I remember when I started racing, it used to be a case of packing five bags before a big race to account for EVERY eventuality – today, it is a single bag, packed with the essentials, and knowing a work around or a make-do situation may be required. The same applies to sales. Organisations will give you access to a range of tools that are geared towards success – and you might need to think on your feet, to make the most of these.

From an ‘in race’ perspective, there is the same type of will to win and that is how you push yourself as hard as you can to make it to the finish line. It is the same in sales – ask yourself what it will take to close a sale, to win over a client. Is it pricing; the proposal; solution or technology? How and when do we push and when do we back off? In racing terms, it is a case of when do we sit up on the bike and say, today is not my day.

Cyclists talk about cadence all the time. Cadence is in cycling terms, the rate at which a cyclist pedals (or pedal revolutions per minute) and it can quite easily be applied to sales. It is about repetition, building a rhythm, momentum and speed. In sales terms, cadence talks to using all the tools at hand, often and consistently. And this cadence effect means deals start closing quicker; the sales pipeline remains optimal and the sales team works in sync with the business and its customers.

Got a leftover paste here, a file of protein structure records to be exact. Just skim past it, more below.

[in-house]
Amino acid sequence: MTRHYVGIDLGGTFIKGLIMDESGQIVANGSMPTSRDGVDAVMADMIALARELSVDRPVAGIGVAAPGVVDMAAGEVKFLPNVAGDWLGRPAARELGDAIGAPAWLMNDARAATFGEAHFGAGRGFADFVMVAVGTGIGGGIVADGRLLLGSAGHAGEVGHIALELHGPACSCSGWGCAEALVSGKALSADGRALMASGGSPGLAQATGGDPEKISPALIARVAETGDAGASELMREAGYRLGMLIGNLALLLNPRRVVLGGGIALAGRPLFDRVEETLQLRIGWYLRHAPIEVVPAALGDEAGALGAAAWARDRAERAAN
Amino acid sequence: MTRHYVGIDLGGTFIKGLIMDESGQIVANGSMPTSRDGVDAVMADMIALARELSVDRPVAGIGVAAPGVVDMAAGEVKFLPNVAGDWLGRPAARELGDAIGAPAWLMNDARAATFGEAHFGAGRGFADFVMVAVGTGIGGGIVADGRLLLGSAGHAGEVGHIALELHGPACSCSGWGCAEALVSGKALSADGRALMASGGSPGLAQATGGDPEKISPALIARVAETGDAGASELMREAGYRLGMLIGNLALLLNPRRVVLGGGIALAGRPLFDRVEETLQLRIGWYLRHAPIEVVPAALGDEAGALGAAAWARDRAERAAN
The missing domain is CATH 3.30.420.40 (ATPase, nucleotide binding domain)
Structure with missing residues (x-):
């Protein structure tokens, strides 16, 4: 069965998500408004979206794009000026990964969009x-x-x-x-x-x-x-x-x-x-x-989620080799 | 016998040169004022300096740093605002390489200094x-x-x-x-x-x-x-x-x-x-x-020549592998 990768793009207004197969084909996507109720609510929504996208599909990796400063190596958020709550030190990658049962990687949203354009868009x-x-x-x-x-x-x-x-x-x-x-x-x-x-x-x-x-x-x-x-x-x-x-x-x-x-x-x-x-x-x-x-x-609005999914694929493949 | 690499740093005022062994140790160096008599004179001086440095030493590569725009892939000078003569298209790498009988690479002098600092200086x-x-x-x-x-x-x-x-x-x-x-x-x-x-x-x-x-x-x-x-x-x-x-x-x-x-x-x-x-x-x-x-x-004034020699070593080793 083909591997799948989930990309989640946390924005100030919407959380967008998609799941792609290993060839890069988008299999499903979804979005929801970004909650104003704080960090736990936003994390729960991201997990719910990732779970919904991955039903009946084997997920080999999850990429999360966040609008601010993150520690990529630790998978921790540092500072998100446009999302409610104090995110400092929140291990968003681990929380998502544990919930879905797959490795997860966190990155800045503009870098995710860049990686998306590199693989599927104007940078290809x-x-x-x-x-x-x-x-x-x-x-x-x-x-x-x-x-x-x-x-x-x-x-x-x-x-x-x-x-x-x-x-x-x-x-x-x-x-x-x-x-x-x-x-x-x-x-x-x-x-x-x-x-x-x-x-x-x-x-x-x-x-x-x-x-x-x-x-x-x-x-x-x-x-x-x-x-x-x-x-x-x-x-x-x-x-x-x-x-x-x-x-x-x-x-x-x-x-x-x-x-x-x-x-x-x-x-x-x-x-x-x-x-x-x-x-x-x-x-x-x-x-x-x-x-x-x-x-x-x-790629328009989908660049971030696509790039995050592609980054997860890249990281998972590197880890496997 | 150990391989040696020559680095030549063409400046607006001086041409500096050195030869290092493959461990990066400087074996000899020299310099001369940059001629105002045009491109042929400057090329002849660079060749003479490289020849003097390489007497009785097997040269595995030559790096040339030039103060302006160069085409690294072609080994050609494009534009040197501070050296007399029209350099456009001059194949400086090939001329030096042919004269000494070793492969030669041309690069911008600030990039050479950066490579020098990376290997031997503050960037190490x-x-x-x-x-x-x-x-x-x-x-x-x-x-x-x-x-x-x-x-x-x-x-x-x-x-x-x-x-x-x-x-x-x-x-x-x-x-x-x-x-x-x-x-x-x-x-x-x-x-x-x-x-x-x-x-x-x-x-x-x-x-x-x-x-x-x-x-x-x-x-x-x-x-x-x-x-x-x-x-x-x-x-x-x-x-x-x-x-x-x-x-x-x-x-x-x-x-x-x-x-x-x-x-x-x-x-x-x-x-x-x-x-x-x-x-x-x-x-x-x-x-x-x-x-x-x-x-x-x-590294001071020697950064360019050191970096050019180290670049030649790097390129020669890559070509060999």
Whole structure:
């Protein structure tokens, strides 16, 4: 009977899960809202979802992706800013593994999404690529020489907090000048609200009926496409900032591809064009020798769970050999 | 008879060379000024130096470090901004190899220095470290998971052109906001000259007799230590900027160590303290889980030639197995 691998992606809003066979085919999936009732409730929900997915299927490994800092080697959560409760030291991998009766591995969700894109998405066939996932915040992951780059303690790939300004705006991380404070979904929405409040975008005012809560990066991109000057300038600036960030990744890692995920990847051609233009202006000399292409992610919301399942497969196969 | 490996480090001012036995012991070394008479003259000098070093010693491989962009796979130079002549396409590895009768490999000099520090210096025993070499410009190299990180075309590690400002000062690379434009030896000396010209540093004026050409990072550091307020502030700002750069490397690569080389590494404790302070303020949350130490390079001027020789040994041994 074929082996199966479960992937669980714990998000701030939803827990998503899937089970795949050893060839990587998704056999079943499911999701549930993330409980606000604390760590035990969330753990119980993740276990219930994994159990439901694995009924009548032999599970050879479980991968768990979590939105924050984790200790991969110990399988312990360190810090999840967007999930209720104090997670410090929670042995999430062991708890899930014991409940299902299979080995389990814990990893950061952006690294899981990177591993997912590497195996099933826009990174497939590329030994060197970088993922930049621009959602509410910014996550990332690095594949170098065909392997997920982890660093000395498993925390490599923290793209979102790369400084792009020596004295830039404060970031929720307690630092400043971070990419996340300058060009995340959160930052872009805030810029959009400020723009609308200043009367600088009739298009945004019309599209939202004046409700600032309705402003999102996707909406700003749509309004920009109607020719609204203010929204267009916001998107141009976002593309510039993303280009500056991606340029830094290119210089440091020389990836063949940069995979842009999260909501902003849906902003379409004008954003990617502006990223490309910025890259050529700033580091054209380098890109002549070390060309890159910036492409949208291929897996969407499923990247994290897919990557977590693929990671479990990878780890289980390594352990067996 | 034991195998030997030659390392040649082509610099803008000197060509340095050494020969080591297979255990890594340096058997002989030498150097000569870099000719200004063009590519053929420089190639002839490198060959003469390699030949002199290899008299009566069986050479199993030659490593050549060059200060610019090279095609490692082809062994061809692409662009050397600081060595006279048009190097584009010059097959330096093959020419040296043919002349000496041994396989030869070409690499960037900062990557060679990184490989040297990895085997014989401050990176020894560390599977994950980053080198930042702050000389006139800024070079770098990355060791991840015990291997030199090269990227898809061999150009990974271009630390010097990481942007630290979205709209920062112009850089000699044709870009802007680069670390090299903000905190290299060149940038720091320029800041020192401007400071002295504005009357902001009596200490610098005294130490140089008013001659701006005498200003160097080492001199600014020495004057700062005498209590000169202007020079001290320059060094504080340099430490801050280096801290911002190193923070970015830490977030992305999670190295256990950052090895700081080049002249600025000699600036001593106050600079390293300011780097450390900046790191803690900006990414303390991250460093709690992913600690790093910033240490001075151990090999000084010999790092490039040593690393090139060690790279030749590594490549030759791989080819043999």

When the cadence is off, or the sales team can’t find its rhythm, it might mean the business is looking in the wrong places for sales, or not generating the right types of leads for success. We call it wrong gearing. And you if you leave it for too long, it is that much harder to find the cadence again.

It is imperative at this point, to do a mental reset. You don’t win all the deals (or races); you can’t win them all. By taking a step back and evaluating the sales cycle; the leads and the processes, the team can learn critical lessons for future success. It is always important to have clarity on which parts of the process you can control – and have you done the utmost to maximise those.

Successful sales, like cycling takes endurance, persistence and an ability to reset the parameters of what it takes to succeed.

American cyclist Steve Larsen said it best – “you can’t get good by staying home. If you want to get fast, you have to go where the fast guys are!”